Apple - A mythological fruit
A quick look at the apple in mythological tales.
Apples are nowadays available any time of the year, but this fruit, which roots are native to Kazakistan, it's typically autumnal.
Green, red or yellow, fresh and bittersweet or sweet and sapid, the apple is around since the Neolithic era, and the evolutions of this fake fruit are many, in Italy, for example, there are around two thousand varieties being cultivated.
With such a long history, the apple caught the imagination of many cultures, from the biblical genesis of humankind to the Norse mythology, until being the symbol of a very well know brand.
Let's have a look at the tales about the apple.
Other than be the main ingredient of pies or be turned into delicious cyder, the apple is mostly known as the forbidden fruit. In the Holy Book, Adam and Eve lived in the garden of Eden, there was plenty of food and the place was overall a paradise, but there was something they were not allowed to eat...and it's worldwide known it was an apple. Symbol of all the knowledge, the forbidden fruit, was the only thing they cannot have. You know how all this ended, with a little help of a snake they both didn't resist to taste the untouchable apple. Definitely, it did not go well as they got their arse kicked off the Eden.
In Norse mythology, the apple is a symbol of eternal youth and life, carried by Idunn, the golden apples in her ash-wood box, helped the gods of Asgard to stay immortal. Once, Idunn was kidnapped and the people of Asgard freaked out. If there's a certitude in Norse myths is, when something goes wrong is always Loki's fault. The master of mischief to repay the help received by a giant eagle accepted to accomplish its request, have Idunn and her apples. Loki attired Idunn in a forest, saying to her that he did found apples a lot much better than hers, and then kidnapped the goddess. The Asgardians didn't take well the missing of Idunn, getting old and cracky as it never happened before. Convinced by the scary and long list of tortures the gods were planning to do to whoever fault was, Loki rescued Idunn and her apples. As usual again, this caused a series of troubles which ended in a painful way for the mischievous Loki.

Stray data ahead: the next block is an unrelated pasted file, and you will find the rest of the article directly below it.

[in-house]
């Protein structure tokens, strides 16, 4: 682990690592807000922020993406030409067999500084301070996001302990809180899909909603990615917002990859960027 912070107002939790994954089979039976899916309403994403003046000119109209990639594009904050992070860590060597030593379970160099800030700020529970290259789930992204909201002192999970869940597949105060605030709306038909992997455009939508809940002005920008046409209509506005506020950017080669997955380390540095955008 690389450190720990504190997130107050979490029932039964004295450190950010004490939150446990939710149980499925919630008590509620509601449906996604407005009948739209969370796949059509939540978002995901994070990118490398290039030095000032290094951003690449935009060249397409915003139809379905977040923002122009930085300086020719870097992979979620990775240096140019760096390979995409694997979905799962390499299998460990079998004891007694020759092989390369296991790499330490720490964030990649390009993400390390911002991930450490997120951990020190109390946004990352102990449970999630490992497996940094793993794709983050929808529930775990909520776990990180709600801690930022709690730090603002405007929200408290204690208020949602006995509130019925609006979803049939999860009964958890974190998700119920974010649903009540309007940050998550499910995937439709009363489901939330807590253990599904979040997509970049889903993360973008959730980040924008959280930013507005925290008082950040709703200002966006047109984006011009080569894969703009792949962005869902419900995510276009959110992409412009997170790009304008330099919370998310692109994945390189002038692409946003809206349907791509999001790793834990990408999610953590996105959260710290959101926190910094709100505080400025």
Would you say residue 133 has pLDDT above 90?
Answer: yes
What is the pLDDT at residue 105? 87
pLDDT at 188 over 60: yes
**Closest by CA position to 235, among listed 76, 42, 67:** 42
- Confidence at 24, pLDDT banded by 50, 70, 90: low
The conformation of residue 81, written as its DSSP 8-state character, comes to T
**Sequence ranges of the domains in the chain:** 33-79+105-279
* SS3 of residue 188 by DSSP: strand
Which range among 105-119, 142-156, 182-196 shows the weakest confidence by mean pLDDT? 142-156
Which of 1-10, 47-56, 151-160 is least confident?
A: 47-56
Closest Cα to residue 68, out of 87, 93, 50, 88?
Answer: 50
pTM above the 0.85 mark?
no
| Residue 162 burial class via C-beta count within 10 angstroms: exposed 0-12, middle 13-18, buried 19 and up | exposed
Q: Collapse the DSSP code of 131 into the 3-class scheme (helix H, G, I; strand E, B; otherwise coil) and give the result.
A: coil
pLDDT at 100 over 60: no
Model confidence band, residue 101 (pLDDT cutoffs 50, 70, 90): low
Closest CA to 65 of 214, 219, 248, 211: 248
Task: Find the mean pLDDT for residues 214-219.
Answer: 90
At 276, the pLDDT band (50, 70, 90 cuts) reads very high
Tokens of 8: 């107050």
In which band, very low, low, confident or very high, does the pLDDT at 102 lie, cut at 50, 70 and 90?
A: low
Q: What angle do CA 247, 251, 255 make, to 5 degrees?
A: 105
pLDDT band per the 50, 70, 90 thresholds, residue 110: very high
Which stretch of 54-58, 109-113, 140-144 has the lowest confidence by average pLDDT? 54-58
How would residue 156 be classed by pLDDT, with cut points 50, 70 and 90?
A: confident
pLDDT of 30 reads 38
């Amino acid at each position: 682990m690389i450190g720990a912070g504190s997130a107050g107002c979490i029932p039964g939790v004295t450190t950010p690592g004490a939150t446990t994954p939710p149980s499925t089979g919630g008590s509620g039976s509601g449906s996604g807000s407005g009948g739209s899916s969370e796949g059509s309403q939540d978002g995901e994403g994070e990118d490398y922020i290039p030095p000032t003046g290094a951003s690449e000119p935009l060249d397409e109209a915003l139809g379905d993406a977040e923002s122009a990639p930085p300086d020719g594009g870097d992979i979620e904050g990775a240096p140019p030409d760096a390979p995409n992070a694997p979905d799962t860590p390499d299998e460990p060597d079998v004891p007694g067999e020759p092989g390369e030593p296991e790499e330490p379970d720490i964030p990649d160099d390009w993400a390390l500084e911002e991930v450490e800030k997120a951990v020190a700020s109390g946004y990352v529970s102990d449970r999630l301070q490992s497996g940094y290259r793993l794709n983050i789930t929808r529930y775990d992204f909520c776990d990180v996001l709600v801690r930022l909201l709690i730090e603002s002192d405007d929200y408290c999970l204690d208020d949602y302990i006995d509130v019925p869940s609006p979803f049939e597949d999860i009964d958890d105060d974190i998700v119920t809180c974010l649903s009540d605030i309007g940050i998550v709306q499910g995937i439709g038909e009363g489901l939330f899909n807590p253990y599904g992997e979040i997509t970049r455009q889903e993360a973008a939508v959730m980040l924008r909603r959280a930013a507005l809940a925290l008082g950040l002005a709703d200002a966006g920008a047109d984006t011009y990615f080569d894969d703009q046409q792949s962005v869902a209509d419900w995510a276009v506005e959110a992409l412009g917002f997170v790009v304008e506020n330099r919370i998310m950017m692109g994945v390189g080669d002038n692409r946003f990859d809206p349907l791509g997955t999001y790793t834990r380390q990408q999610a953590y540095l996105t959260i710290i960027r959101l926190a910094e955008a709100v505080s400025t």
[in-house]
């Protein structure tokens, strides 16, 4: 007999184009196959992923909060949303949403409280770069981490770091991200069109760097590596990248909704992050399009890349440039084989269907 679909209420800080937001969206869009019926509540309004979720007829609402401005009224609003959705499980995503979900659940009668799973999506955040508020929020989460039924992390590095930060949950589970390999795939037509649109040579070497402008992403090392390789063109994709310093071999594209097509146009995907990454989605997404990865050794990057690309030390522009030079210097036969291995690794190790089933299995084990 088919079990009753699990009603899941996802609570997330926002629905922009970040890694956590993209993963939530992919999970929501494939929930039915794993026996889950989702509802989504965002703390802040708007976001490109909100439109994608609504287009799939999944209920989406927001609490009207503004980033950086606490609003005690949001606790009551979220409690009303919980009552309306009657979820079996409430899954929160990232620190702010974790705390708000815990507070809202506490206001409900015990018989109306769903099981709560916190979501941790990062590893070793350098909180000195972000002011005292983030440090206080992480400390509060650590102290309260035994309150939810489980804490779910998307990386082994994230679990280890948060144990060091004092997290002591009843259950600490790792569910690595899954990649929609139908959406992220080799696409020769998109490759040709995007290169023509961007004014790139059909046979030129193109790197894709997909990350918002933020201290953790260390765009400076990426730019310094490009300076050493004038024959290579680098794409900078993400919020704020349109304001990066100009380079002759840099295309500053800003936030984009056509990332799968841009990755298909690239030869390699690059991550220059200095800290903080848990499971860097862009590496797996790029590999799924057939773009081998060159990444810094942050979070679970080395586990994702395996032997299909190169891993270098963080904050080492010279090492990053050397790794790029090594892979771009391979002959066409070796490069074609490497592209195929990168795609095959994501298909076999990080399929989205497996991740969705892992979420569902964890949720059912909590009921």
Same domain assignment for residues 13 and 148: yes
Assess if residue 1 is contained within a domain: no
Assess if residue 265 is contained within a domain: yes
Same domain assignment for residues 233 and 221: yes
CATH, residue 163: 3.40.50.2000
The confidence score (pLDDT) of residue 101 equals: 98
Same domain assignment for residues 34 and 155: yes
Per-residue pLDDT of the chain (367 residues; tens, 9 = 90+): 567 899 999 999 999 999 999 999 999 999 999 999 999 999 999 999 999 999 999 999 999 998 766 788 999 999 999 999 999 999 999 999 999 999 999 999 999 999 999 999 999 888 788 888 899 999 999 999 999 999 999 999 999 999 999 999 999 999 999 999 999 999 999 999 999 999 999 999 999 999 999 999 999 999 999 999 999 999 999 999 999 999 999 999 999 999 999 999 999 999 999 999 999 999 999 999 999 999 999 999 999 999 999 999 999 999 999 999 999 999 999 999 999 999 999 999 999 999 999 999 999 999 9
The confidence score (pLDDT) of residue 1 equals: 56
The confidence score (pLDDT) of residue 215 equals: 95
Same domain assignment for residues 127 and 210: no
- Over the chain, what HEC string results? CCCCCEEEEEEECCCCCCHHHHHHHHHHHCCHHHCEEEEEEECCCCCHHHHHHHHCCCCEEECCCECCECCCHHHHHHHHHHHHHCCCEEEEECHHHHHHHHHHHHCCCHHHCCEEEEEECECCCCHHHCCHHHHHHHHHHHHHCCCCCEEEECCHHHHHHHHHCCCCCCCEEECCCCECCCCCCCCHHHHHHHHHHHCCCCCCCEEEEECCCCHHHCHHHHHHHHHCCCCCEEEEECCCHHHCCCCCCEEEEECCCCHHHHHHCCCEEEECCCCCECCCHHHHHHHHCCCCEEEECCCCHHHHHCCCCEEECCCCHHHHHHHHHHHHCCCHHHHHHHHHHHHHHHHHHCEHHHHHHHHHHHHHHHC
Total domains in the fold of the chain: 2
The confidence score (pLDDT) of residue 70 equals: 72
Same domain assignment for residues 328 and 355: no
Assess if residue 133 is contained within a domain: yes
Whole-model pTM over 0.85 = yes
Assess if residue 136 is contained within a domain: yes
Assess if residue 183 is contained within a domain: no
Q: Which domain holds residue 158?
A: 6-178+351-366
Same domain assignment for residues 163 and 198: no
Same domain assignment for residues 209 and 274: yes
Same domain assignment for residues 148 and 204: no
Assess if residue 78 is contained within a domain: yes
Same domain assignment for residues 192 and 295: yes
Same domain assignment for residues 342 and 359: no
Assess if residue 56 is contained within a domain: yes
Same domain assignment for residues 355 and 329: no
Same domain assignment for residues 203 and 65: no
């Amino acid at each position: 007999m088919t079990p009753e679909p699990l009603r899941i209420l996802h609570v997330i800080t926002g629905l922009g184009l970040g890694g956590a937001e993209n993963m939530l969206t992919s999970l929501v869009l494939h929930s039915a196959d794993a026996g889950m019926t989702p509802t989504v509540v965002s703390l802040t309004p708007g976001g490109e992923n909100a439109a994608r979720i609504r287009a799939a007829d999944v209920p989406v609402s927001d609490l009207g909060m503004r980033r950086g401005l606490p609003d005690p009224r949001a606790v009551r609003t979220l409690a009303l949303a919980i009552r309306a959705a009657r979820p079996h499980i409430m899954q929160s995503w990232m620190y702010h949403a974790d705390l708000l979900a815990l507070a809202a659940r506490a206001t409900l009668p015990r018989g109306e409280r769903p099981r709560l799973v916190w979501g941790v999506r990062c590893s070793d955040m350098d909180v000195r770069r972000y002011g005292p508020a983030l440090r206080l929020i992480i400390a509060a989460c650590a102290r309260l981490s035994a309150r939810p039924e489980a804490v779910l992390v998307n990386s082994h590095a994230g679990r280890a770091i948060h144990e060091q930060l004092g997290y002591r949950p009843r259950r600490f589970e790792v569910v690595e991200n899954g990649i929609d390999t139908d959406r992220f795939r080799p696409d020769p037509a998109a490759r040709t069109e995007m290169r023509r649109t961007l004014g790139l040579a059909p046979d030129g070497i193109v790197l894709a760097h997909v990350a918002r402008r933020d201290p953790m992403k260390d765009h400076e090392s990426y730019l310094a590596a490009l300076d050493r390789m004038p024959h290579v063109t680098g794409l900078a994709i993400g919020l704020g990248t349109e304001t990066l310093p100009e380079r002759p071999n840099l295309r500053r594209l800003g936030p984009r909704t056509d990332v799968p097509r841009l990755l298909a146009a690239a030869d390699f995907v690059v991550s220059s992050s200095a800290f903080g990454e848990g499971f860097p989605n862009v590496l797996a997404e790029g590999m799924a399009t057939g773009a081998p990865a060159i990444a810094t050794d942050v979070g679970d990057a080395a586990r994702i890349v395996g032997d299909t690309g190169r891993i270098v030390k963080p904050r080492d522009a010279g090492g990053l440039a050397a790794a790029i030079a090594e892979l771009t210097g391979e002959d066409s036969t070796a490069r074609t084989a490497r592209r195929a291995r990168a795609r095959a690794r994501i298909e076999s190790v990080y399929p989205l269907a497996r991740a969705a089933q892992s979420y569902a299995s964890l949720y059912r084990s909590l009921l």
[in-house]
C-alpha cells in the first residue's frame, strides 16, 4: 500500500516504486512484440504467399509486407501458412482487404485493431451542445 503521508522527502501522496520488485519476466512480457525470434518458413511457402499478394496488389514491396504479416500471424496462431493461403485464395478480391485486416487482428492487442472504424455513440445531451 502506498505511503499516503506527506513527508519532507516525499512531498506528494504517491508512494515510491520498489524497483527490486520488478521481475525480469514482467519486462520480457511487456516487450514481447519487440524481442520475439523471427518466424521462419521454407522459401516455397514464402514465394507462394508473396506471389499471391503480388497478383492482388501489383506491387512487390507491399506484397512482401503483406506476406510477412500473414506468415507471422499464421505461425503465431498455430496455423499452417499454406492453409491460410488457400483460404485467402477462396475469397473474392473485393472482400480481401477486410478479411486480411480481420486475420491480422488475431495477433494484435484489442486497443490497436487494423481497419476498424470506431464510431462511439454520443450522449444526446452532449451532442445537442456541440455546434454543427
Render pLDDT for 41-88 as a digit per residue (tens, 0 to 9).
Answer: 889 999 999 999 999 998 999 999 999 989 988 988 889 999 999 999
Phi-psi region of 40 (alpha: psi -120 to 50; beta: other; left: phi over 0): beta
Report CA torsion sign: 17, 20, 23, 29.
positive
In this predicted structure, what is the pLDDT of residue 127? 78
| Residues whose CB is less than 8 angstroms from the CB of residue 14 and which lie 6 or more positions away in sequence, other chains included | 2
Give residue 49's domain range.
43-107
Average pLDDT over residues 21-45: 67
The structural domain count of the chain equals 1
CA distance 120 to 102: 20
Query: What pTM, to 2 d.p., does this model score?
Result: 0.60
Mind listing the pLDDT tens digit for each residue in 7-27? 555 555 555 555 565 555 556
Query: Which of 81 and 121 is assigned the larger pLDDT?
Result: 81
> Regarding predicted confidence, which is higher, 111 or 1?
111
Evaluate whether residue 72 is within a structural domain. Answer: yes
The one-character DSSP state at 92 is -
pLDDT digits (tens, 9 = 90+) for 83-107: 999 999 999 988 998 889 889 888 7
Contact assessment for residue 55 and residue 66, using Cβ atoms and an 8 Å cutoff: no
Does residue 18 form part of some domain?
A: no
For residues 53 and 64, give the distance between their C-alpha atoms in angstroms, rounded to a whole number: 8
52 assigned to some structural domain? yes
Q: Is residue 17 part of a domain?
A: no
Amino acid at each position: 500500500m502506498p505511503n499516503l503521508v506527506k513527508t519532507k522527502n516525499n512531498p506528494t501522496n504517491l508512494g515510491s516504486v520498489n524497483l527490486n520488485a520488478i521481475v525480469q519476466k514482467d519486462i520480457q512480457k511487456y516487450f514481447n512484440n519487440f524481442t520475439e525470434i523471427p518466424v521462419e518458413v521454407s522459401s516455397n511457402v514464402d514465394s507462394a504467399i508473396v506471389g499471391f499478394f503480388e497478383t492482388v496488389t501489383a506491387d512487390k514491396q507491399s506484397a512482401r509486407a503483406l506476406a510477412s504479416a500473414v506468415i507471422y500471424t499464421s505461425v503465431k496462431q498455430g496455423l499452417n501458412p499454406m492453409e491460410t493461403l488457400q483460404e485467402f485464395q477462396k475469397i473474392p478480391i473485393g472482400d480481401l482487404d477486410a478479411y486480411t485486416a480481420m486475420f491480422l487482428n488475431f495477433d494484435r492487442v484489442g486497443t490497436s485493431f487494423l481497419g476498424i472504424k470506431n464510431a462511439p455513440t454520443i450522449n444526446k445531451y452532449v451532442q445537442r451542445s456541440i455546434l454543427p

Looks like the apple is an endless source of troubles... Greeks Gods know it pretty well. Even if in ancient Greece throw an apple to someone was a sort of declaration of love or of intention to make love, as Homer taught us, once it caused a war. The wedding of Peleus and the goodness of water Theti did not start brilliantly, as the two were forced to marry, but it ended worse. Eris goddess of strife and discord, stung by the fact she wasn't invited to the event, secretly tossed an apple at the party. Carved on the fruit there was written "To the most beautiful" and this caused a bit of an argument between the other goddesses. Hera, Aphrodite, and Athena started a dispute. Zeus, the father of all gods who found himself in the thorny situation of declaring the most beautiful, in front of the angry goddesses, and probably fearing for his life, decided to ask someone else. The choice fell on Paris, prince of Troy. Either Hera, Athena, and Aphrodite tried to bribe is judgment, and Paris tossed the offered skills in battle and the ownership of a big slice of the world, for the offer of the most beautiful girls on earth love. Shame the girl was Helen of Troy and that she was already married, so her kidnapping caused the Trojan war.
I'm not sure anymore that an apple a day keeps the doctor away...